I imagine that many voters find judicial elections to be confusing. Candidates seem to have but one message. They say that they will simply apply the law and not engage in politics. They reject any suggestion that they will inject their politics into judicial decision-making or be an “activist” judge. In judicial elections, there are only little Scalias out there.
Yet voters notice that the political cognoscenti – the ideological movers and shakers – seem to care an awful lot about who wins these races. They typically see liberals and Democrats supporting one candidate while conservatives and Republicans support another. Although no one seems willing to admit it, it sure looks like something political is going on.
The answer lies in the past one hundred years of American legal and political history. Early twentieth century Progressives – in many ways the antecedents of today’s American left – came to be frustrated with our Constitution. Our Founders mistrusted power and created a lattice of branches of government and dual sovereigns in which each checked the authority of the others. Power in the federal government was divided among the executive, judiciary and legislature. The respective spheres of the state and federal governments limited each other.
If your objective is limited government and individual liberty, this is a pretty good framework. But if your goal is to use the state to remake the world, it can be awfully frustrating. As early as 1908, Woodrow Wilson called for a “Darwinian Constitution,” one that would not serve as permanent legal framework for governing but that would “live” and “grow” and “change” to accommodate the desires of the Progressives.
Put simply, the project of the American legal left became two fold. One was to remove barriers to the authority of the state, particularly the federal government. The other was to intervene where the political branches had “failed” to “address” social problems in an acceptable way. Thus, over the years, we have seen the authority of Washington and the courts expand dramatically.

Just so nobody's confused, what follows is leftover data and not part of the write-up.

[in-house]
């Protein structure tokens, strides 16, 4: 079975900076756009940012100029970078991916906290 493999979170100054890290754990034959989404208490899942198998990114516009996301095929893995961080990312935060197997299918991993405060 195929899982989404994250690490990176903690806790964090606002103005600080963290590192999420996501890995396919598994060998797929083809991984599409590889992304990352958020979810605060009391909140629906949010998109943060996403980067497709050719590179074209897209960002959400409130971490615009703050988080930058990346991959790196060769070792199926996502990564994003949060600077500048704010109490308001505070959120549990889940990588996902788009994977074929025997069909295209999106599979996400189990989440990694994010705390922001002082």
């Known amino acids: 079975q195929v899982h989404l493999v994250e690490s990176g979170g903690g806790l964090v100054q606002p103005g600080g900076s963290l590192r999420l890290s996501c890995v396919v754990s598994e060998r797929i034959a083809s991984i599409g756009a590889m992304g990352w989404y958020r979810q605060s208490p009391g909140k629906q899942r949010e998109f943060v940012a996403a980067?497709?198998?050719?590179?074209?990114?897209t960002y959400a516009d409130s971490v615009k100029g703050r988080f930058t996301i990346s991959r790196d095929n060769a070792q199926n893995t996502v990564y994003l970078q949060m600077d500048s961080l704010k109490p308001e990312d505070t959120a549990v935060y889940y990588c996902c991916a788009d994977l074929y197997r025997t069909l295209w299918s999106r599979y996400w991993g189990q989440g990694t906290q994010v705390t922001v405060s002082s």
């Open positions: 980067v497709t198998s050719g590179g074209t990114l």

To accomplish these objectives, the legal left adopted a number of interpretive methods and theories that would maximize the authority of judges. For example, to simply apply the law as it is written – something that lawyers today call “textualism” – was derided as simplistic. Better to somehow discern a “spirit” that goes beyond the law’s mere words. Nor was it necessary to interpret any ambiguity in the law to mean what the people who enacted it thought it meant – what lawyers today call “origninalism.” If the idea is to change the Constitution’s limits on state and federal authority or to act where the legislature and executive has not, judges cannot be constrained by the “dead hand of the past.”
Broad constitutional principles like equal protection and due process became malleable and protean enough to justify substantial judicial interventions in the political and governing process. Litigation became an important tool for making policy.
Conservatives have criticized these developments as lacking legitimacy. Judges, they have argued, should not be given the discretion to depart from the plain or original meaning of constitutional or statutory text. While courts have a duty to ensure that the government abides by constitutional limitations – and even to strike down laws where necessary, the law’s text and original meaning should limit them. To do anything else would turn judges into legislators and subvert our constitutional separation of powers.
This is admittedly an oversimplified “op-ed” version of the matter and an extended discussion would involve considerably more detail and nuance. But it helps to understand why left progressives and Democrats, on the one hand, and conservatives and Republicans on the other, seem to differ so sharply on judicial elections. They have come, over the years, to have very different views of the law and the judicial function.
We see this in the current race between Justice Rebecca Bradley and Judge Joanne Kloppenburg. Bradley says that she is a jurist in the mode of Antonin Scalia and will “apply the law as it is and not as I wish it to be.” Given an opportunity to explain, she will elaborate on the themes that I’ve briefly outlines.
Kloppenburg, on the other hand, compares herself to Justices Ruth Bader Ginsburg and Sonia Sotomayor, jurists who have tended to have a more expansive view of the authority of courts to clear the way for or, if necessary, even implement the left progressive agenda. Kloppenburg, herself, has said that she believes it is the role of judges to interpret the Constitution to create “a more equal society.” Whatever that means and whether it is desirable or not, such an objective is quite ambitious and is going to require an activist judiciary. It goes beyond simply applying the law and necessarily means more power for judges and the state and less for legislators and private citizens. It means rule by lawyers.
Kloppenburg reinforces that message by mentioning Scott Walker whenever she can. It is a dog whistle to the political left that says, “I’m one of you.”
When seen in this way, the hotly contested nature of our judicial elections is not an aberration or a disgrace. They are, with all their imperfections, about something that matters.